“In preparing for the Final vs Monaco, we started by watching many of the opponent’s games. I already knew everything about Monaco, but I wanted my players to know everything too. Above all, I wanted them to see the individual qualities of the key players and then I gave each player an individual DVD of his immediate opponent. Afterwards, we had a group discussion on the information delivered.”
Another change – or rather, return – will be in the form of physical preparation, which is overseen by Mourinho’s right hand man, Rui Faria (although there are rumours linking him with the full-time job at FC Porto). He’s followed his compatriot across the continent, including to Chelsea, where he played an important role in ensuring the conditioning of players was optimal. Mourinho has always been particularly keen to credit Faria – he refuses to call him a fitness coach, believing it to be a demeaning title, and speaks gushingly of him in the official Chelsea biography that celebrated the club’s 100 year anniversary.
A key concern of Mourinho’s fitness program will be rotation – Rafa Benitez has experienced first-hand during his short tenure how strenuous Chelsea’s schedule can be, and although this has been an extraordinary season by those standards, Mourinho will be keen to introduce more depth into one of the Premier League’s smallest squads.
It has been suggested that David Luiz’s maverick style will not be suited to Mourinho’s style, but that ignores the fact that the Portuguese has often encouraged his central defenders to step out from the back and create attacks as is the Brazilian’s wont. Ricardo Carvalho’s goal against Manchester United to clinch the title in 2005/06 is one of the highlights of Mourinho’s first reign and is an exaggerated example of the central defenders ability to prompt and participate in attacking moves.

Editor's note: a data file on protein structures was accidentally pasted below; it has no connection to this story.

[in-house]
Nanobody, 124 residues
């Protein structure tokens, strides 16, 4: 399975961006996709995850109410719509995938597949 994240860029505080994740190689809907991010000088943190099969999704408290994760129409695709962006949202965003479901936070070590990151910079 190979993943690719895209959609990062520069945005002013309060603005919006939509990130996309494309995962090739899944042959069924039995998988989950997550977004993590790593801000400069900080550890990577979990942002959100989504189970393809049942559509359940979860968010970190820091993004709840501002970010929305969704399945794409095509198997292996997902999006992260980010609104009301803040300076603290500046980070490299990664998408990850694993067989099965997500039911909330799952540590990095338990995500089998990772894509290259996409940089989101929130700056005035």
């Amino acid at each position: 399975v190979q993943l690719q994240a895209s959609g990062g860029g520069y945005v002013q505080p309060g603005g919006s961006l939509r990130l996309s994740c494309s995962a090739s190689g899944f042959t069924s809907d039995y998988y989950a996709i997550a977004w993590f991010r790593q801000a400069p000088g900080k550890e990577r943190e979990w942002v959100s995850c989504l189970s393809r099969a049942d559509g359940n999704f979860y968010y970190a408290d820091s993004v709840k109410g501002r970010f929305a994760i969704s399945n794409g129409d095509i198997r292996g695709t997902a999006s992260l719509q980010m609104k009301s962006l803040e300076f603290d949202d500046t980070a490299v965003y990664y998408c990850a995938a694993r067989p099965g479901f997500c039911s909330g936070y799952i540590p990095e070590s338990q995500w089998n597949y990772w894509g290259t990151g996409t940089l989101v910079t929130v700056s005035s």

“Carvalho is an excellent reader of the game and is prepared to come out with the ball,” says David Pleat. “English centre-backs tend not to do that but it is a great way to take advantage of space. When a defender steps up, it allows you to create two-on-one or three-on-two situations – what we call overload.”
It is not isolated to the Portuguese either – at Inter, both Lucio and Walter Samuel often bombed forward from the back, while Sergio Ramos is given a certain degree of freedom to attack from central defence at Real Madrid.
It is this – the unexpected threat from deep – that makes Luiz so threatening from centre-back, and it is certainly no stretch of the imagination to imagine Mourinho encouraging him to continue playing in this vein.
However, Mourinho’s never had a defender as positionally aggressive as Luiz, so keen to come out from the back and defend so proactively. The Brazilian is firmly first choice, but it will be interesting to see how his ‘first choice’ partner will be, especially since John Terry seems on the decline. Gary Cahill is too reactive, and backs off attackers alarmingly (which helps explain why he records such a high proportion of spectacular blocks), while Branislav Ivanovic has enjoyed a good run at centre-back under Benitez – but Mourinho might favor moving him back to the right, to provide more physicality and rotate with Cesar Azpilicueta. Where a consistent partnership of Terry and Carvalho was one of the key factors in his 2004-06 success, rotation might be the order of the day this time round.